Welcome to the Cardinal Points Farm blog !

Dear friends and fellow animal lovers, here it is ... a blog to discuss training.

My specialty is horse training and dressage, but I’ve applied to my horses many invaluable lessons from other animal trainers. Together we can create a greater awareness of the unlimited potential for greatness that your animals (and you) possess, once you acknowledge that many animal species are intelligent and capable of reasoning and communication.

So let’s get started ! Let's share insights, lesson plans, techniques, videos, pics, stories ... what have you.


Sian Min The
Cardinal Points Farm

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If you'd like to post your training stories, send your stories to me for consideration. Please specify how you'd like the attribution to read, i.e. your full name or your online name.

Who's it about ?

I believe that to be a good animal trainer (or owner, handler, caretaker, ...) we must ask ourselves: is it about the animal, or is it about me ?

It's human nature to require validation from other humans. Thus, we are all self-conscious, and worry about what others think of us. We have to be; otherwise, the sense of "right" or "wrong" has no bearing in human society.

However, when training animals, there are times we must set that aside for the benefit of the animal. We must not resort to cruelty and coercion to make the dog sit at all costs, to make the horse canter at all costs, just so we can satisfy a requirement in a show, or impress our friends.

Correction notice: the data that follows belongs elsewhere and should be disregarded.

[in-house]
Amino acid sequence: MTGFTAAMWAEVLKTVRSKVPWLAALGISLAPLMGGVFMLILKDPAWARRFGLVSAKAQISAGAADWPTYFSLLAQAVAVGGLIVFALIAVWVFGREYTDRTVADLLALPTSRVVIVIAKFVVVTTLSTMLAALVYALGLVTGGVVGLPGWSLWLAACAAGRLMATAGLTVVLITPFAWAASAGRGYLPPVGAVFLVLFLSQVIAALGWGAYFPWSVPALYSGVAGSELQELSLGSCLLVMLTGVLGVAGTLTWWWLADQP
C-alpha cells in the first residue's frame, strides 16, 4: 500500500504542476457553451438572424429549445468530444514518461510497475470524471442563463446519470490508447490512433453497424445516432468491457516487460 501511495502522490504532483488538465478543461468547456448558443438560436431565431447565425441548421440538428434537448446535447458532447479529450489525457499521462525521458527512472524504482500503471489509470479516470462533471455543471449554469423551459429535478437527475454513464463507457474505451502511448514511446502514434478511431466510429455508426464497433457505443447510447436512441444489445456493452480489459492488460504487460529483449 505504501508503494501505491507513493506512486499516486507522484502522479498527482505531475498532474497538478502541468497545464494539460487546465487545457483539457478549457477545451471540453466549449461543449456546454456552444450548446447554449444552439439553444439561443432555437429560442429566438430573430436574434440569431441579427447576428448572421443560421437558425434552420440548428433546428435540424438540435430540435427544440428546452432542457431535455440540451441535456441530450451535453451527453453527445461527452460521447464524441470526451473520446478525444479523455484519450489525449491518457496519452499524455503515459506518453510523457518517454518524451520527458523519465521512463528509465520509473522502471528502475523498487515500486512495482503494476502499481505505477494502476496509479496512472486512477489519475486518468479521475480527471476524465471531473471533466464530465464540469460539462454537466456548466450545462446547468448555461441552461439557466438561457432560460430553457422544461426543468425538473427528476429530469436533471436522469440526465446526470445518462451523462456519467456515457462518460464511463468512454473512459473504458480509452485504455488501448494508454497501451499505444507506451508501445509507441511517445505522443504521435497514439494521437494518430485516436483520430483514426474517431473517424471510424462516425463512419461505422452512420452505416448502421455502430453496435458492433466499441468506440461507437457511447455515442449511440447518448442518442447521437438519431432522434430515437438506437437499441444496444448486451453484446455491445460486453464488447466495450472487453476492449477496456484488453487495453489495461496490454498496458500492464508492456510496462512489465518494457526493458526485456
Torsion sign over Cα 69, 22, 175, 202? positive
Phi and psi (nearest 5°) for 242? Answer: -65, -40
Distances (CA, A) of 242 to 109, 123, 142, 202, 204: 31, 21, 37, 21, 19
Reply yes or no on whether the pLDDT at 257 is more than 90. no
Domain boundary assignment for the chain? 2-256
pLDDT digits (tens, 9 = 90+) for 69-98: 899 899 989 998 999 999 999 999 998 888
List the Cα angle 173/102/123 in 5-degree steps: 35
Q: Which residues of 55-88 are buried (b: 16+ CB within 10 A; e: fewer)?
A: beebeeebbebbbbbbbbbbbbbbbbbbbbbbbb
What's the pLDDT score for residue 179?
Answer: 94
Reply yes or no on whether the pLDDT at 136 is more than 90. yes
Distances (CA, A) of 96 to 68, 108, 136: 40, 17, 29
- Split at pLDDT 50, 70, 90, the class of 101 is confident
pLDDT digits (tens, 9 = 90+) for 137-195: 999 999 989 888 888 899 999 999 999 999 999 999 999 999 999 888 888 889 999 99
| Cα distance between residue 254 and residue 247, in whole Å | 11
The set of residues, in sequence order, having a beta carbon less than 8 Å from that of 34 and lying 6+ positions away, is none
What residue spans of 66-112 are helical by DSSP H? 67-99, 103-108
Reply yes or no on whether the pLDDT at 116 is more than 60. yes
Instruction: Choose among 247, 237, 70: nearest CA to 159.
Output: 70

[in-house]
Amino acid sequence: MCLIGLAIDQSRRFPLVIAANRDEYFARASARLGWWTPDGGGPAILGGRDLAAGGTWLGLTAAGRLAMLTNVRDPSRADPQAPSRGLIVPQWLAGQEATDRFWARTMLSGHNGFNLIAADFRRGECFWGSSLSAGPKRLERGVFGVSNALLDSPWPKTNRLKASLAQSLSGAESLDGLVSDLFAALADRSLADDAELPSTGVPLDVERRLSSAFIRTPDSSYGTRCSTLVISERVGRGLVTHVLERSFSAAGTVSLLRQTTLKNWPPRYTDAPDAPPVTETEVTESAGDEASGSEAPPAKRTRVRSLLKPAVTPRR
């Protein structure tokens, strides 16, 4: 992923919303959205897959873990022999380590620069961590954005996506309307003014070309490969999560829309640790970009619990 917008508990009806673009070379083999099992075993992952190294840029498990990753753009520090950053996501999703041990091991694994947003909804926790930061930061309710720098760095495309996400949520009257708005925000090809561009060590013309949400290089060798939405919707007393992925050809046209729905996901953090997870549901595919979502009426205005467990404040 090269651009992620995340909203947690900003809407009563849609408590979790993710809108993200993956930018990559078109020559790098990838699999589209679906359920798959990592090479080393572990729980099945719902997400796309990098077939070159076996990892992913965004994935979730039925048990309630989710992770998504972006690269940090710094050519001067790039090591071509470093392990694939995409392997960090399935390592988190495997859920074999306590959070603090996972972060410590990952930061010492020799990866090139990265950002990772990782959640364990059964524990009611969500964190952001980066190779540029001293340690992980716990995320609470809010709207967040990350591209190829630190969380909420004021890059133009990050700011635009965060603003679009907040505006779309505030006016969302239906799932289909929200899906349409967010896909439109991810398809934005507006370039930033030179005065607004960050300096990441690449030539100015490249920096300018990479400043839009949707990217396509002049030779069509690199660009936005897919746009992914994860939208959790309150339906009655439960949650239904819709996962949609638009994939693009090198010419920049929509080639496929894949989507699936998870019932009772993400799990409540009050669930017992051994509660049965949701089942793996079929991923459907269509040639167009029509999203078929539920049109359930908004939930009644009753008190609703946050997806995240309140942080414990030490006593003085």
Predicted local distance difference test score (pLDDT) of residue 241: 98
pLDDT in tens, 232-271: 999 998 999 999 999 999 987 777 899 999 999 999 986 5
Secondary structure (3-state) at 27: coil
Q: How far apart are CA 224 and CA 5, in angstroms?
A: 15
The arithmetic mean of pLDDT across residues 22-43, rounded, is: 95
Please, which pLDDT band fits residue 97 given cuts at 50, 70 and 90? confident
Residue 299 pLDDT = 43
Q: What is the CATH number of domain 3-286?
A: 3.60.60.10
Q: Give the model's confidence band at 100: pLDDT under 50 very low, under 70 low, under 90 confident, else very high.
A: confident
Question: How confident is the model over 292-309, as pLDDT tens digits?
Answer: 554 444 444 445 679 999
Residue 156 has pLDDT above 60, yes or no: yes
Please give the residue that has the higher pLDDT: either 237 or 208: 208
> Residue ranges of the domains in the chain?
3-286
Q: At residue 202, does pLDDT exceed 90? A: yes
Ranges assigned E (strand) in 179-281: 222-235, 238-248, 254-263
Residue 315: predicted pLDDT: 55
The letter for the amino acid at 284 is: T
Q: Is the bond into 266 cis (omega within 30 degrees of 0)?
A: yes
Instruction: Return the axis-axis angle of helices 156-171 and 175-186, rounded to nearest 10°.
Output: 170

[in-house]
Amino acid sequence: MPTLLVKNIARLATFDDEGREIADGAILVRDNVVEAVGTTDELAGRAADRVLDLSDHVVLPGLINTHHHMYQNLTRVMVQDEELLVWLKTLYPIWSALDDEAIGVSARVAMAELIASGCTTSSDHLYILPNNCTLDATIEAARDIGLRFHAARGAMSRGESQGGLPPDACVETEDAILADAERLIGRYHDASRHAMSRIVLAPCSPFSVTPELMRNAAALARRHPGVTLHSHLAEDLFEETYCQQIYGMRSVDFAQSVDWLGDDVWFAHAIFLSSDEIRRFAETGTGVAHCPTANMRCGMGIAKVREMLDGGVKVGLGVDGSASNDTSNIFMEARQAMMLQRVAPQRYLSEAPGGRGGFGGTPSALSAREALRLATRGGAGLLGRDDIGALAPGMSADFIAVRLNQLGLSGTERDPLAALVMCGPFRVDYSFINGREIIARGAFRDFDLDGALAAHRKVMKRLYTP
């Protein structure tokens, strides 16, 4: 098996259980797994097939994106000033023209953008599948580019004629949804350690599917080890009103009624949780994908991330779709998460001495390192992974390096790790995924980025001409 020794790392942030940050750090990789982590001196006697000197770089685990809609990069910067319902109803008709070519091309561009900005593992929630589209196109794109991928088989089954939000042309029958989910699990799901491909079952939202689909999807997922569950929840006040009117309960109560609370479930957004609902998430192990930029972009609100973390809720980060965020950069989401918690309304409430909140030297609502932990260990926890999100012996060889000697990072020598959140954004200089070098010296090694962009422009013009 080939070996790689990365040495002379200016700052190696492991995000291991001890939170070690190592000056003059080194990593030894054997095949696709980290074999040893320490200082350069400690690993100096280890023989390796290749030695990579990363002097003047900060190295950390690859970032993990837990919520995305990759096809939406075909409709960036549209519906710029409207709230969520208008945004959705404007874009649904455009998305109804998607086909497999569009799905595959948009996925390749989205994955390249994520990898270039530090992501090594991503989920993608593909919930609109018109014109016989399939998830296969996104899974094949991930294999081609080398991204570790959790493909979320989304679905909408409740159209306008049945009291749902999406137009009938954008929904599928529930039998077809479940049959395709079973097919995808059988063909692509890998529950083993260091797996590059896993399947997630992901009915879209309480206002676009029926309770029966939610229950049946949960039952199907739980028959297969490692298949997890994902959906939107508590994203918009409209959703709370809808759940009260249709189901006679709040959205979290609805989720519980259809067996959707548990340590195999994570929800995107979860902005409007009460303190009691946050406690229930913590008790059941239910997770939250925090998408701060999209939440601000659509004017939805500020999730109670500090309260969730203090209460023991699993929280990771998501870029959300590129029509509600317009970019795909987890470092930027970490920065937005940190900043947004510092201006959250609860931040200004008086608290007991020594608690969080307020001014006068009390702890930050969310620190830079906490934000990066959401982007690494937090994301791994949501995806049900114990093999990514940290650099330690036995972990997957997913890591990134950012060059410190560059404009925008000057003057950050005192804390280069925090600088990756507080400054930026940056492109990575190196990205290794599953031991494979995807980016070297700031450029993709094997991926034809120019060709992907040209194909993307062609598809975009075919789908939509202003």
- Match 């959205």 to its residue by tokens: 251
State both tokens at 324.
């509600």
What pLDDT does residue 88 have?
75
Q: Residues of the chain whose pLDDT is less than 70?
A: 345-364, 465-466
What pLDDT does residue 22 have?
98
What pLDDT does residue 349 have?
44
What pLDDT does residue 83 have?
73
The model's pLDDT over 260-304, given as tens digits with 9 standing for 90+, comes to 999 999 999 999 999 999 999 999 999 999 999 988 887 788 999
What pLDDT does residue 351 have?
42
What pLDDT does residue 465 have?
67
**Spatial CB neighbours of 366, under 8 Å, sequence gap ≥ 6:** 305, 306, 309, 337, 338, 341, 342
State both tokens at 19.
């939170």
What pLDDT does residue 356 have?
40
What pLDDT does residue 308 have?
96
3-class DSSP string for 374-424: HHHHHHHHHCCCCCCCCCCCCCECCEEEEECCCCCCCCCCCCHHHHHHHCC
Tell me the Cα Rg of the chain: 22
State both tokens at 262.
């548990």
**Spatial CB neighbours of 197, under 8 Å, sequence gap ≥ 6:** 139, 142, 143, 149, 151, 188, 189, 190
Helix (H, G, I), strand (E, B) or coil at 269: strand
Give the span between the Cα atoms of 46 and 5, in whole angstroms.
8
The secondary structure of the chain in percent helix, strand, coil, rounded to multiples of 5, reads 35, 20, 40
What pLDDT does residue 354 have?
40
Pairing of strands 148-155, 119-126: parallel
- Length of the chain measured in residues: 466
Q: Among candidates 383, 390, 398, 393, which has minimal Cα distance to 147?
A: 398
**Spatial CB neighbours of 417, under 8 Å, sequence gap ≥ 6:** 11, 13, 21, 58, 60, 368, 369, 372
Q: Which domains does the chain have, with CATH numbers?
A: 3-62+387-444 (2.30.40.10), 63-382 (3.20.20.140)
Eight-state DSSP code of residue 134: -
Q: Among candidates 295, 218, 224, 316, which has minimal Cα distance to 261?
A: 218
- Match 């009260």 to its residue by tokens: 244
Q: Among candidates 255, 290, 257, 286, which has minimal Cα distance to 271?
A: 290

Does this mean that from time to time we may end up with the proverbial egg on our faces ? Or look silly? Absolutely. But we must chalk it up to experience, and laugh (or write a blog) about it later. Don't get me wrong, there are times I wish I took up needlepoint instead. At these times, I remind myself: whatever my horse, or my dog, does under my tutelage - whether at home or at a show, whether correctly or not - he/she does to accommodate me. Now that's humbling.

1 comment:

  1. It should always be about the animal; it is our responsibility to be fair, consistent, and loving in all of our dealings with our pets, regardless of the desired result (competitive show animal, friendly house pet). Of course, I am not a professional - my show horse was usually disqualified and my dog shares none of my opinions. However, I will toss out there how much training and living with animals relates to "training" and living with a small child. It's all about fairness, positive reinforcement, communicating any way you can, unconditional love ALL the time, and cookies. :)


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